SOUE News Issue 9


John F Coates, Queen's 1940-3

John Coates was one of two distinguished naval architects who graduated from the Engineering Department in the 1940s, the other being Ewan Corlett (obituary in SOUE News 2005). Both men were at Queen's, in successive years.

Coates was at Oxford in the first three years of World War II, and was one of just five people graduating in Engineering Science in 1942. The Examiners gave them all Seconds! He joined the Royal Corps of Naval Constructors, and saw sea service in 1944-5. Thereafter he was employed in various duties in ship design, structural research and repair. He was awarded an OBE in 1955, at the unusually young age of 33, for work on the development of inflatable life-rafts and lifejackets, including, it has been said, testing the latter himself by jumping off the sides of ships.

From 1957 he led work on the design of the County class of guided-missile-carrying destroyers, the first such vessels built by the Royal Navy. These were large vessels for destroyers, 6800 tons at full load, with combined steam and gas turbine propulsion. They carried the Sea Slug guided missile, itself very large too, primarily for use against aircraft. Later versions carried the French-designed Exocet. Eight of the class were built in total, of which two, HMS Fife and Antrim, suffered damage in the Falklands war of 1982.

He retired in 1979, as Deputy Director of Ship Design, but subsequently pursued his interest in applying naval architecture to historical ship research. He wrote papers on the strength of wooden ships, hypothetical reconstructions, and on recovered remains such as the Mary Rose and the Ferriby boat. From about 1983 he was greatly involved in the design of the reconstructed Greek trireme. The instigation of this was a lengthy controversy in the correspondence columns of The Times of 1975 about whether, and how, the trireme could have had the performance historically attributed to it (e.g. a row of 130 nautical miles in a "long day").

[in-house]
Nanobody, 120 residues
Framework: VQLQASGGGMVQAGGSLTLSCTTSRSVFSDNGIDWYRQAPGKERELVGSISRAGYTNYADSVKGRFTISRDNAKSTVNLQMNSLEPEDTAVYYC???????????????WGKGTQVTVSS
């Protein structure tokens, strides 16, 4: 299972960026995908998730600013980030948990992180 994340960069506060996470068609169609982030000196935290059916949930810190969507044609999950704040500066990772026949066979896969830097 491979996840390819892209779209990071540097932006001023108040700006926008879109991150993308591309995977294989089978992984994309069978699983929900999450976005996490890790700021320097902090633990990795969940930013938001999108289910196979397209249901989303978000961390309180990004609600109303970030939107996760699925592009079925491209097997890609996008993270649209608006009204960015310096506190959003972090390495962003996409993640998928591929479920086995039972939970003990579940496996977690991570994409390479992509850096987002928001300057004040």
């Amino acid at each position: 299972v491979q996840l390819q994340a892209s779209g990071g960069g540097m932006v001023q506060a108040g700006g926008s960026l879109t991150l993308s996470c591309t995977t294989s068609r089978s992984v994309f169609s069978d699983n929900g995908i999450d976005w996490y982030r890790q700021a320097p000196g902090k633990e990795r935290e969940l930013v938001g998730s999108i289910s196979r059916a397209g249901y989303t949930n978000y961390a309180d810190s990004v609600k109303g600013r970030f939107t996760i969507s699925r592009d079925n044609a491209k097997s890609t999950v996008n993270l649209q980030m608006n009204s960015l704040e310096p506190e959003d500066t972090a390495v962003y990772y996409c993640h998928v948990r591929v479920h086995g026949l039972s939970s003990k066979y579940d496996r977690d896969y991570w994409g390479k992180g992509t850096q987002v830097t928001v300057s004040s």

A typical trireme was known to have had 170 oarsmen, but how they, and their oars, were arranged, had been the subject of much dispute. The "tri...", or "three" clearly had some significance here, but was it three men to each oar, or three men on each seat pulling separate oars, or three rows of oarsmen separated vertically? The objection to this last arrangement had always been that the oars would have had to be of different lengths, so it would have been impossible to pull them in synchronism. But JS Morrison, a classics don at Cambridge, had suggested that if the upper row had their thole-pins set on outriggers, while the lower ones were in the skin of the hull, then all the oars could have the same length (as indeed they were known to be from ancient shipyard inventories). Coates and David Moss built a full-scale replica of one "unit", (three oarsmen at different levels) and showed that they could row in synchronism. A "Trireme Trust" was formed to raise funds and work towards building a complete replica trireme with the oarsmen so arranged. Coates took over responsibility for its design, including all the details of how it could be constructed, out of wood, in a historically believable way. Long planks were held each to its neighbour by hundreds of tenons to resist shear, and the hull was pre-stressed longitudinally by a tensioned rope fastened between the ends. "The Athenian Trireme" by Morrison and Coates gives a full account of all this.